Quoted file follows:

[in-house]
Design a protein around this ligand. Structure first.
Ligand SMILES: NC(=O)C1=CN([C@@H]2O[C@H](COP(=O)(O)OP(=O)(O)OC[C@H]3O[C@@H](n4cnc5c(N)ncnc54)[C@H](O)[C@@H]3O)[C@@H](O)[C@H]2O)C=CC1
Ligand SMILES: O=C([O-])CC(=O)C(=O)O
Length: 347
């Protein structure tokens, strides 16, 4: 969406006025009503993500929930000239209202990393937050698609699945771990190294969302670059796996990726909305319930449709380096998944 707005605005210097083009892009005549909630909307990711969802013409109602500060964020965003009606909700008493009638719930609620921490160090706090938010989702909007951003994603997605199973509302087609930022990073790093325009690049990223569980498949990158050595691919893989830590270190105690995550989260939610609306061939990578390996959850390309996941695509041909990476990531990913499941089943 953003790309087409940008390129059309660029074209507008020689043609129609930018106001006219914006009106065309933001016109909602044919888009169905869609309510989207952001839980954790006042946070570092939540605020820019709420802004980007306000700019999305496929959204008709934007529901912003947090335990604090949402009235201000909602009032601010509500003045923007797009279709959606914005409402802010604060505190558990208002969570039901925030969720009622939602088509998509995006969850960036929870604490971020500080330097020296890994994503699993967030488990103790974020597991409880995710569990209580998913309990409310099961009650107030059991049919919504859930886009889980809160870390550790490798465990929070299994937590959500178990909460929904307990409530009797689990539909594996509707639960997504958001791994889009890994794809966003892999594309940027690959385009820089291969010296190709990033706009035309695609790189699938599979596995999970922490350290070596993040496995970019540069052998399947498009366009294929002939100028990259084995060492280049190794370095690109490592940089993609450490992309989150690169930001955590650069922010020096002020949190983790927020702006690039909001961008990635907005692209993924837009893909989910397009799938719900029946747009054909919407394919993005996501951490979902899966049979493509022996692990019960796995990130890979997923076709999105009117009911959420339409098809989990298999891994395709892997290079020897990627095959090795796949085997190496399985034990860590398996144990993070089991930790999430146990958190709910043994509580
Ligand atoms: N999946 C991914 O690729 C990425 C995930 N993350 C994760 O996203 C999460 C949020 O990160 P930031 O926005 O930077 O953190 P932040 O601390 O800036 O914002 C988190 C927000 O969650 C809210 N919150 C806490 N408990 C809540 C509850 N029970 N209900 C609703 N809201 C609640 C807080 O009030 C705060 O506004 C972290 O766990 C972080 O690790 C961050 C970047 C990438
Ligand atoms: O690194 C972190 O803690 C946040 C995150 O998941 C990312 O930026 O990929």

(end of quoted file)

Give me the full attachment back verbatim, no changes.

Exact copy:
[in-house]
Design a protein around this ligand. Structure first.
Ligand SMILES: NC(=O)C1=CN([C@@H]2O[C@H](COP(=O)(O)OP(=O)(O)OC[C@H]3O[C@@H](n4cnc5c(N)ncnc54)[C@H](O)[C@@H]3O)[C@@H](O)[C@H]2O)C=CC1
Ligand SMILES: O=C([O-])CC(=O)C(=O)O
Length: 347
């Protein structure tokens, strides 16, 4: 969406006025009503993500929930000239209202990393937050698609699945771990190294969302670059796996990726909305319930449709380096998944 707005605005210097083009892009005549909630909307990711969802013409109602500060964020965003009606909700008493009638719930609620921490160090706090938010989702909007951003994603997605199973509302087609930022990073790093325009690049990223569980498949990158050595691919893989830590270190105690995550989260939610609306061939990578390996959850390309996941695509041909990476990531990913499941089943 953003790309087409940008390129059309660029074209507008020689043609129609930018106001006219914006009106065309933001016109909602044919888009169905869609309510989207952001839980954790006042946070570092939540605020820019709420802004980007306000700019999305496929959204008709934007529901912003947090335990604090949402009235201000909602009032601010509500003045923007797009279709959606914005409402802010604060505190558990208002969570039901925030969720009622939602088509998509995006969850960036929870604490971020500080330097020296890994994503699993967030488990103790974020597991409880995710569990209580998913309990409310099961009650107030059991049919919504859930886009889980809160870390550790490798465990929070299994937590959500178990909460929904307990409530009797689990539909594996509707639960997504958001791994889009890994794809966003892999594309940027690959385009820089291969010296190709990033706009035309695609790189699938599979596995999970922490350290070596993040496995970019540069052998399947498009366009294929002939100028990259084995060492280049190794370095690109490592940089993609450490992309989150690169930001955590650069922010020096002020949190983790927020702006690039909001961008990635907005692209993924837009893909989910397009799938719900029946747009054909919407394919993005996501951490979902899966049979493509022996692990019960796995990130890979997923076709999105009117009911959420339409098809989990298999891994395709892997290079020897990627095959090795796949085997190496399985034990860590398996144990993070089991930790999430146990958190709910043994509580
Ligand atoms: N999946 C991914 O690729 C990425 C995930 N993350 C994760 O996203 C999460 C949020 O990160 P930031 O926005 O930077 O953190 P932040 O601390 O800036 O914002 C988190 C927000 O969650 C809210 N919150 C806490 N408990 C809540 C509850 N029970 N209900 C609703 N809201 C609640 C807080 O009030 C705060 O506004 C972290 O766990 C972080 O690790 C961050 C970047 C990438
Ligand atoms: O690194 C972190 O803690 C946040 C995150 O998941 C990312 O930026 O990929």